Assessing adult mortality in HIV-1-afflicted Zimbabwe (1998–2003)
Ben A Lopman, Ruanne Barnabas, Timothy B Hallett, Constance Nyamukapa Costa Mundandi, Phyllis Mushati, Geoff P Garnett Simon Gregson
To compare alternative methods to vital registration systems for estimating adult mortality, and describe patterns of mortality in Manicaland, Zimbabwe, which has been severely affected by HIV.
We compared estimates of adult mortality from (1) a single question on household mortality, (2) repeated household censuses, and (3) an adult cohort study with linked HIV testing from Manicaland, with a mathematical model fitted to local age-specific HIV prevalence (1998–2000).
The crude death rate from the single question (29 per 1000 person-years) was roughly consistent with that from the mathematical model (22–25 per 1000 person-years), but much higher than that from the household censuses (12 per 1000 personyears). Adult mortality in the household censuses (males 0.65; females 0.51) was lower than in the cohort study (males 0.77; females 0.57), while mathematical models gave a much higher estimate, especially for females (males 0.80–0.83; females 0.75–0.80). The population attributable fraction of adult deaths due to HIV was 0.61 for men and 0.70 for women, with life expectancy estimated to be 34.3 years for males and 38.2 years for females.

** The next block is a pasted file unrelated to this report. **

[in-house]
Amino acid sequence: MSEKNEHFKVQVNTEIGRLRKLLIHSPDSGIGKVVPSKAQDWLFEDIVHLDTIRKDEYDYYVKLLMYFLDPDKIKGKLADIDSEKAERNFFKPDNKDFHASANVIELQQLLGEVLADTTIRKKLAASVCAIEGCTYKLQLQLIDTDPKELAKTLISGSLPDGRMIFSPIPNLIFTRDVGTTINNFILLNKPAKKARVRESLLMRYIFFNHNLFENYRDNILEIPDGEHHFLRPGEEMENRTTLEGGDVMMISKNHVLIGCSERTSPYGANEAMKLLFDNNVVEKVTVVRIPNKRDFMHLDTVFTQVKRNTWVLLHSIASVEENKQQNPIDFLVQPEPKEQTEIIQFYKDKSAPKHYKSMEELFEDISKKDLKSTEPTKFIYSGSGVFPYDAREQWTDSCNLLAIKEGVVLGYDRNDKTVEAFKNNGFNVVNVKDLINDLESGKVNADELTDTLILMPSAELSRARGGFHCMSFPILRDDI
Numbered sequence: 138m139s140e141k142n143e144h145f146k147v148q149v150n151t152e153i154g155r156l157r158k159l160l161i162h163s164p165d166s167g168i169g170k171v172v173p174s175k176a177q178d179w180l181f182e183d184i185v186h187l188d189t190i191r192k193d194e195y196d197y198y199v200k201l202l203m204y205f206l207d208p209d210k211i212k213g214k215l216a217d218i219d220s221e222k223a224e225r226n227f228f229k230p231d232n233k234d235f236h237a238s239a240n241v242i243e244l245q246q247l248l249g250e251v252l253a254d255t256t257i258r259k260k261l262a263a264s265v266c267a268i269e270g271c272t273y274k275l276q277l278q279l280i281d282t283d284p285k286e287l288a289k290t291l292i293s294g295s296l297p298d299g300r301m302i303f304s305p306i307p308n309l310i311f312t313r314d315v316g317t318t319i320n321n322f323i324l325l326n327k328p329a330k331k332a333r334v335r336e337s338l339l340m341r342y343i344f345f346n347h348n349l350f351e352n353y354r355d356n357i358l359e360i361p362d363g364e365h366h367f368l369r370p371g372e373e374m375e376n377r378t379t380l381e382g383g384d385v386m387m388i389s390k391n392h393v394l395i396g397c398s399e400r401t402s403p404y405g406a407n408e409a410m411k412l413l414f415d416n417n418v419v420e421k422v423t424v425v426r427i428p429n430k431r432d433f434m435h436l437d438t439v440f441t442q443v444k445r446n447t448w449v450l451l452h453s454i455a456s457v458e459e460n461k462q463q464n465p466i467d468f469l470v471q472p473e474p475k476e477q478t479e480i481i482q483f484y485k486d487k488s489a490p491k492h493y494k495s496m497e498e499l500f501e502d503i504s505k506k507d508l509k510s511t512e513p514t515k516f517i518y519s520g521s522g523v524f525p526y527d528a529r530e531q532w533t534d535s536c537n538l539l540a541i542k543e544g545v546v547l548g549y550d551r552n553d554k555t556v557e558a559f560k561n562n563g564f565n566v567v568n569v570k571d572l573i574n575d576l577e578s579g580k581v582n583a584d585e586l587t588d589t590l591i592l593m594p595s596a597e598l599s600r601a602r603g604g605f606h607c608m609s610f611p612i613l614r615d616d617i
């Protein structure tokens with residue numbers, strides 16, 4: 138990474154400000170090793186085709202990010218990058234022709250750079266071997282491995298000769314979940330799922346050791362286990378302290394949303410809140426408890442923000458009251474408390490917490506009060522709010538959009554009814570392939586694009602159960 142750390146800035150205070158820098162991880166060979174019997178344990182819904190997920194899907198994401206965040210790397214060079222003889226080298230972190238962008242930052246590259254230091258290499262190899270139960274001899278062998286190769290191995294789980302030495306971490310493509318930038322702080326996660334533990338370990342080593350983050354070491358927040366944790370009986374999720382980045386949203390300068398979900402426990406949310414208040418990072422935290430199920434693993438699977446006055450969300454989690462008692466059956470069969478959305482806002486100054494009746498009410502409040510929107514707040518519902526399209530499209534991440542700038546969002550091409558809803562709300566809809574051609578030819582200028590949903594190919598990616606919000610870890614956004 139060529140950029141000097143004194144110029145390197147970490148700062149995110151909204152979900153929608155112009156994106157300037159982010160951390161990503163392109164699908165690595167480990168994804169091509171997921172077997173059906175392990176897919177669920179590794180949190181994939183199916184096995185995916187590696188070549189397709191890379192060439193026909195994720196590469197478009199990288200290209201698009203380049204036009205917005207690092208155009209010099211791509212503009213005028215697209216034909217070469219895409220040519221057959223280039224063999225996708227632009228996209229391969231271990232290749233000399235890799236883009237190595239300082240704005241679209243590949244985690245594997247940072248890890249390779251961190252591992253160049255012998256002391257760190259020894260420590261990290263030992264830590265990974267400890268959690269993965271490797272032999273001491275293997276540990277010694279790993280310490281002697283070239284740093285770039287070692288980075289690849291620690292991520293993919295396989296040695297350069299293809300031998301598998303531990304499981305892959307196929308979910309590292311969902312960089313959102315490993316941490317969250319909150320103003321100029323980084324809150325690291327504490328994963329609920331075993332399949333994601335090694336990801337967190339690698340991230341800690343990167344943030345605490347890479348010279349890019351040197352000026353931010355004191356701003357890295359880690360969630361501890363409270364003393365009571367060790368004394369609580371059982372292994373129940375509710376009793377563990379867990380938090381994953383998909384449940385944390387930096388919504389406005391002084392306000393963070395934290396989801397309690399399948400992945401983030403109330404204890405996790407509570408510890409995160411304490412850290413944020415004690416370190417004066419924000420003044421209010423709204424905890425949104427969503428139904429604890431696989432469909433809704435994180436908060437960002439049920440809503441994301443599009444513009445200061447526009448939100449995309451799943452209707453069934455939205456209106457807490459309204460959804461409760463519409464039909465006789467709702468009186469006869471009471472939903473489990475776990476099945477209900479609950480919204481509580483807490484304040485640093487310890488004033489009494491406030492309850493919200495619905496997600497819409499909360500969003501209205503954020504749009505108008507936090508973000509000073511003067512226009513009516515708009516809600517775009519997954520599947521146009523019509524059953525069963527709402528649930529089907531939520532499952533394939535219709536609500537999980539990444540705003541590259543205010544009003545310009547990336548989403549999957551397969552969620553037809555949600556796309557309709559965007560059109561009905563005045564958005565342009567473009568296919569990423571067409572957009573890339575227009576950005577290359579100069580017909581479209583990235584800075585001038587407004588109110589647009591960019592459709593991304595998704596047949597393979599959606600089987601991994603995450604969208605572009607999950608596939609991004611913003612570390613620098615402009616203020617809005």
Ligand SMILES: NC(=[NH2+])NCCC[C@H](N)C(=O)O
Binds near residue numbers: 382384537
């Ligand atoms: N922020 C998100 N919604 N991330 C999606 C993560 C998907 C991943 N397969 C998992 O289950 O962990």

Each method for estimating adult mortality had limitations in terms of loss to follow-up (cohort study), under-ascertainment (household censuses), transparency of underlying processes (single question), and sensitivity to parameterization (mathematical model). However, these analyses make clear the advantages of longitudinal cohort data, which provide more complete ascertainment than household censuses, highlight possible inaccuracies in model assumptions, and allow direct quantification of the impact of HIV.